I’ve historically been very critical of the various Business Case arguments for accessibility given their lack of actual evidence. There’s one business case argument that I think is rock solid: The cost of remediation.
The cost of remediation actually has two faces: The actual time-on-task it takes to fix issues, of course, but also the lost opportunity dollars that come from development staff time being diverted to bug fixes rather than being spent on new features. We’ll skip past the opportunity cost for now because the actual remediation cost is enough to get our point across anyway.
average cost per defect = ((number of devs * number of hours ) * fully loaded dev cost per hour) / total bugs to be fixed
The above gives us the average cost per defect. It is mostly dependent on two factors: time to fix the average bug and the number of bugs fixed. The fewer bugs fixed will raise the cost-per-bug, as the typical case is that developers can (and will) be able to fix multiple bugs of the same type rather quickly. But there’s no getting away from the fact that the more bugs to fix, the more money it will cost.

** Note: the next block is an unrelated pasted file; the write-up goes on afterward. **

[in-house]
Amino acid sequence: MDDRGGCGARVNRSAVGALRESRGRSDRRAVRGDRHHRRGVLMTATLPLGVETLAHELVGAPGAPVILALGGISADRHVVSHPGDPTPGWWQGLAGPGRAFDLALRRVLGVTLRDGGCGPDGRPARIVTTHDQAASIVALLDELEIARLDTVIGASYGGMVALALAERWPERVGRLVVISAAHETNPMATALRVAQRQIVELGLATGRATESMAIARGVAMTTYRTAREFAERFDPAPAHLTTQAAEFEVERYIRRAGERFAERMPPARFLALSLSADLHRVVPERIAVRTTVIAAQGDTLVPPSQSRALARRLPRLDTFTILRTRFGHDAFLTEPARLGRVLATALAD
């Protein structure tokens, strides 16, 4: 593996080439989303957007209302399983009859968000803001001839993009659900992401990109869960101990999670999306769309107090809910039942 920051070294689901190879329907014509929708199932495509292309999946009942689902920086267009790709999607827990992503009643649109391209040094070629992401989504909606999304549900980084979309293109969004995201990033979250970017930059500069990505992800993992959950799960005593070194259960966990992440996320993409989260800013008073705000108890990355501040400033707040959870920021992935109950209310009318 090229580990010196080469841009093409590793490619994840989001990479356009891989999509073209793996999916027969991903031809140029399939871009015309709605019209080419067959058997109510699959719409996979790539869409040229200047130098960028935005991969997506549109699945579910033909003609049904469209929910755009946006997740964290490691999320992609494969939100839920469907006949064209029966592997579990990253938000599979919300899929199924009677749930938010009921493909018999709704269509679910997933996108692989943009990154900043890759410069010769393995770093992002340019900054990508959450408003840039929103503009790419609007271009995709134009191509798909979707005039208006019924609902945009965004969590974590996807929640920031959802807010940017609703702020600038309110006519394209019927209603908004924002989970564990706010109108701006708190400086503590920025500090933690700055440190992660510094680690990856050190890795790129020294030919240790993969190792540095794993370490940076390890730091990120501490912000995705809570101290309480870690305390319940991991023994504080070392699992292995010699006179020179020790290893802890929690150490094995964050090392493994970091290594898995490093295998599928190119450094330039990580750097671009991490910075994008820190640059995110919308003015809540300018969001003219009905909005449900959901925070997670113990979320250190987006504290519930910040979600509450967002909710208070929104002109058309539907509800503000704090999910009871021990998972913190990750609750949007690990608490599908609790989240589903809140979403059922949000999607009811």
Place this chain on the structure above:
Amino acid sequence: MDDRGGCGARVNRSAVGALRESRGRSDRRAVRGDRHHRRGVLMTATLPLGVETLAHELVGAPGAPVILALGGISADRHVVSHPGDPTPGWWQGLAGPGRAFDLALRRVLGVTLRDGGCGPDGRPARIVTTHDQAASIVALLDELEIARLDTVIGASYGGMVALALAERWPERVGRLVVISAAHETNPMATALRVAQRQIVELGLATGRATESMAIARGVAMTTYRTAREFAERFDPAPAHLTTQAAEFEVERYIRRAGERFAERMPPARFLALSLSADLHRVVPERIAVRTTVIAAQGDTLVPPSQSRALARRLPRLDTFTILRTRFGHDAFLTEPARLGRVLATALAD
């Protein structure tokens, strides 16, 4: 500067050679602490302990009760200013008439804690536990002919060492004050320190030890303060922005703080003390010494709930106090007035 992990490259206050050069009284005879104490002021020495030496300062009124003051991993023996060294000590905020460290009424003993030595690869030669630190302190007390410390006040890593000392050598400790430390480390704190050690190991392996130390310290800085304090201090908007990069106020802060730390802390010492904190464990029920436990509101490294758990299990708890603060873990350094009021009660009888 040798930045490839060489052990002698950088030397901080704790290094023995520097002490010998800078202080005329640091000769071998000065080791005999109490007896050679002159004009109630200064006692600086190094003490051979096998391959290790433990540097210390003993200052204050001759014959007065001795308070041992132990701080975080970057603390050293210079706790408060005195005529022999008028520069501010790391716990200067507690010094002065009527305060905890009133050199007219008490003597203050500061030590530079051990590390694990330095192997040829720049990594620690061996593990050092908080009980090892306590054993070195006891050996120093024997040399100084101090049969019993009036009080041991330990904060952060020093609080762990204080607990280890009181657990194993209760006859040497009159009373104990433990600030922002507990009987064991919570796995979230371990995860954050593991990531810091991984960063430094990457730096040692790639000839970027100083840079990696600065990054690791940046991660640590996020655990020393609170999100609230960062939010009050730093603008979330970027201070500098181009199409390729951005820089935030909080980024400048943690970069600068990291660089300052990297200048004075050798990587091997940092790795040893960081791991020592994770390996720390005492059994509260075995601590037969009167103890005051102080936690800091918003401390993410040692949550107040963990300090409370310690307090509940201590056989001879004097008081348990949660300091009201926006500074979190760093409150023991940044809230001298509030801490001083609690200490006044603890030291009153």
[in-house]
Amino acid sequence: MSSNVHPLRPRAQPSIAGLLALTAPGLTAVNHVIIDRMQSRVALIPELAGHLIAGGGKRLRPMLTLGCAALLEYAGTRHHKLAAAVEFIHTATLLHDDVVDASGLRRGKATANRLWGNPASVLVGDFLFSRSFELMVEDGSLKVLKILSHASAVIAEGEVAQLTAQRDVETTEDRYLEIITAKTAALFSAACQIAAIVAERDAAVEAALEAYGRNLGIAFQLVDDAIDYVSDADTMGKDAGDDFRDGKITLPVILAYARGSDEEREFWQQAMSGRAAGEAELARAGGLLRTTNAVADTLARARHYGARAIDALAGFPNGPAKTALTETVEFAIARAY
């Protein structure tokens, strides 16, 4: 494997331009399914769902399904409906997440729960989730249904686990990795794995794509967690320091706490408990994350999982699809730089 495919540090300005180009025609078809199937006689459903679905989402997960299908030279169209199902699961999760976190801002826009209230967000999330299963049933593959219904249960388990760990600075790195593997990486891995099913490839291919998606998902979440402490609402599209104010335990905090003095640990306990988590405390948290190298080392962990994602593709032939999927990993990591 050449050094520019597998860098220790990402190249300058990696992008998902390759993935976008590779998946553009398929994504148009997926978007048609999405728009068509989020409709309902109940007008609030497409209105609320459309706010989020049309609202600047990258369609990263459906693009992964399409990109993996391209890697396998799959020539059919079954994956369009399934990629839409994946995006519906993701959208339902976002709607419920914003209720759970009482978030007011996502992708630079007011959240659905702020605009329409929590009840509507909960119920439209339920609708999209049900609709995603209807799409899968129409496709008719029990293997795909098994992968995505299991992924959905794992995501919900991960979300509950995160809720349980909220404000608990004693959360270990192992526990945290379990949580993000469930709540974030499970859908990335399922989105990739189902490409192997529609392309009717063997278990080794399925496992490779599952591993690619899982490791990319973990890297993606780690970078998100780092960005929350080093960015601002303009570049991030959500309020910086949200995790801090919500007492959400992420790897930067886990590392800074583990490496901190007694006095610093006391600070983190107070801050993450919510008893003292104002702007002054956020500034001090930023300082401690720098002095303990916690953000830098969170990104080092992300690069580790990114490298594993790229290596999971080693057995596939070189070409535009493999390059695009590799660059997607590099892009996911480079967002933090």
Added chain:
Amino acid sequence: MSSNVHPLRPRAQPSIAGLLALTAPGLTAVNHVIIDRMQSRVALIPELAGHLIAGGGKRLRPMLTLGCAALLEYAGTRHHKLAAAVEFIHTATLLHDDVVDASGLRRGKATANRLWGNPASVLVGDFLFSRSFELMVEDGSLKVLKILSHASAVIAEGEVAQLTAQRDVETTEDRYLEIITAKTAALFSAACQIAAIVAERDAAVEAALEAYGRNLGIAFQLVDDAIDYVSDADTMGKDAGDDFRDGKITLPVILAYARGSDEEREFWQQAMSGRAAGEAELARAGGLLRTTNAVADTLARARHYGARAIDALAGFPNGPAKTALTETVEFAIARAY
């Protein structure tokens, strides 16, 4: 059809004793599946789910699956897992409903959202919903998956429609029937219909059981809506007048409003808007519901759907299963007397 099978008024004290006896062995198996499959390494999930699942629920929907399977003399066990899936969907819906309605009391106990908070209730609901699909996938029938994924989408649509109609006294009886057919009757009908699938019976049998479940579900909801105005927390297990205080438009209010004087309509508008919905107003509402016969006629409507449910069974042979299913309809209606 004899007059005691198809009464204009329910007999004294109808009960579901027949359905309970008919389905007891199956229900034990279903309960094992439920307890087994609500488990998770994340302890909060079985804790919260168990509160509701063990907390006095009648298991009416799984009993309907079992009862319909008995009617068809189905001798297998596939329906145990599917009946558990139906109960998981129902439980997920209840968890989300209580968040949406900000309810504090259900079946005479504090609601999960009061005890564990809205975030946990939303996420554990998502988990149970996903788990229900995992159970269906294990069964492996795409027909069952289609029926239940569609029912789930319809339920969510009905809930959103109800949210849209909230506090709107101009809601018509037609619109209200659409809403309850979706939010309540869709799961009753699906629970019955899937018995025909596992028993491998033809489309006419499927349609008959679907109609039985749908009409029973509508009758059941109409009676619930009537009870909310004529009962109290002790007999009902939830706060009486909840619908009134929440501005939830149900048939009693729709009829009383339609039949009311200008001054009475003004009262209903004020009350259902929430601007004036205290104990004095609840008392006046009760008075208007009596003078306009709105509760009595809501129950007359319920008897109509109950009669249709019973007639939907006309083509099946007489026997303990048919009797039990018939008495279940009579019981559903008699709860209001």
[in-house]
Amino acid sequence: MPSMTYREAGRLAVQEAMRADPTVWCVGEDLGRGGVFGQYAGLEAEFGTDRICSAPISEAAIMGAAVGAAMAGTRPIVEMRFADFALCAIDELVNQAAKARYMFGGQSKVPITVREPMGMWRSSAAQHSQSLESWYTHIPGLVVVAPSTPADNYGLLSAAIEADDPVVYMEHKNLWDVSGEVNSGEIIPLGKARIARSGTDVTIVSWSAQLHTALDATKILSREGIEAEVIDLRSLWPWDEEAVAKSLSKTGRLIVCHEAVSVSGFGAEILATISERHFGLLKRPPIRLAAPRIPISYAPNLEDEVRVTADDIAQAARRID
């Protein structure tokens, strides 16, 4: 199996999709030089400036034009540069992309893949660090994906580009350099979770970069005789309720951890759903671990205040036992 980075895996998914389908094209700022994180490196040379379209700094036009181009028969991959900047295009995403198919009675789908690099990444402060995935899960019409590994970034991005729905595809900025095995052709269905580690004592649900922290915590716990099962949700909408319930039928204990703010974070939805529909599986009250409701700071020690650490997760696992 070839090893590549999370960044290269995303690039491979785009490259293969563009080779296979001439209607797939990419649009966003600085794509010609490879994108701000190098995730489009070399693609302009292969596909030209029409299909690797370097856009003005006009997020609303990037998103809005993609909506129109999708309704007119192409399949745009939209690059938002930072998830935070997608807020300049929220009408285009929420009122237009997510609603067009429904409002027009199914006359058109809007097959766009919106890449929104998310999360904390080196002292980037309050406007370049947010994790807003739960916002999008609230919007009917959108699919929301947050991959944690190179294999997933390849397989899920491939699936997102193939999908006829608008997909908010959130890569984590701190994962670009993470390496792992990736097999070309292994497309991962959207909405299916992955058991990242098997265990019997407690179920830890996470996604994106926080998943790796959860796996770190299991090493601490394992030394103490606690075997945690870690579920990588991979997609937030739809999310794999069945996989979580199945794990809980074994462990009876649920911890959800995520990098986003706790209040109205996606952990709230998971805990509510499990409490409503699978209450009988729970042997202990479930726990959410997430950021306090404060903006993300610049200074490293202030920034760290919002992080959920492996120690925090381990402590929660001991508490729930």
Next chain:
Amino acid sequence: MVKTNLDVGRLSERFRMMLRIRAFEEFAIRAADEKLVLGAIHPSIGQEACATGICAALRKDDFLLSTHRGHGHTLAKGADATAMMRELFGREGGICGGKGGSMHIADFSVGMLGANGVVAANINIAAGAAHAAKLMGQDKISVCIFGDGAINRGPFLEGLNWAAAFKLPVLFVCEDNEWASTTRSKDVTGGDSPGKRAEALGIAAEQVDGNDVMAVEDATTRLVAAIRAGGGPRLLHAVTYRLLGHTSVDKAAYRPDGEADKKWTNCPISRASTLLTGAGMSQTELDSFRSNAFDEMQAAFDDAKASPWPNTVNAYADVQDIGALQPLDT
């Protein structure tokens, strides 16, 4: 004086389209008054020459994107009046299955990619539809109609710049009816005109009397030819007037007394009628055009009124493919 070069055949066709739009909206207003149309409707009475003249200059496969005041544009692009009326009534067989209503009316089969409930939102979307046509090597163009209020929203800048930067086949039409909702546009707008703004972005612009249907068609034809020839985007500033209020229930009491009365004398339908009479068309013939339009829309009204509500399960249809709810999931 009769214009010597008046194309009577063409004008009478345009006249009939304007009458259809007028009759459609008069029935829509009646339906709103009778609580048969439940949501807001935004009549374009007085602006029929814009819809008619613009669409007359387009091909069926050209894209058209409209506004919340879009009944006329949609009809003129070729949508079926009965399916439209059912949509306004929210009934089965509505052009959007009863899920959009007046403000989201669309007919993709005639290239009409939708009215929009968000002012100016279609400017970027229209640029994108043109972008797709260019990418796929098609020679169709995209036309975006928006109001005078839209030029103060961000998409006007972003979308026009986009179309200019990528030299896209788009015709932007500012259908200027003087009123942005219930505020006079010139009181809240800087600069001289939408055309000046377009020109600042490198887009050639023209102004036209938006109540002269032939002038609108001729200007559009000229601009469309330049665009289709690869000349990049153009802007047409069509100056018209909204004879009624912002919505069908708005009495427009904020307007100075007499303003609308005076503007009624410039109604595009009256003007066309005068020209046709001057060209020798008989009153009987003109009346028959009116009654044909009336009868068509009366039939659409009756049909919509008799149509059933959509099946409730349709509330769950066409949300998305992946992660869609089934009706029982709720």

So what’s the cost? That depends a lot on how accessible you are starting off! Across 800,000 tested URLs, Tenon.io has logged an average of 42 accessibility issues per page. This number is statistically significant and automatically-testable accessibility issues don’t make up the entirety of possible issues. This indicates that the full sitewide remediation of all issues could be very expensive and time consuming. In fact, the $100,000 number in this post’s title isn’t made-up. It is actually an estimate of the cost to fix bugs on a project I’ve worked on.
Of course, there’s the option of not fixing the bugs. There may be instances where, through effective prioritization, we decide not to fix some issues. The overall truth remains that avoiding the bugs in the first place is by far the cheapest. The ROI argument here is easy: how many bugs we can/ should avoid, what are their costs to fix and – while we’re at it – what amount of Risk are we avoiding?
Doing it right the first time has instant ROI.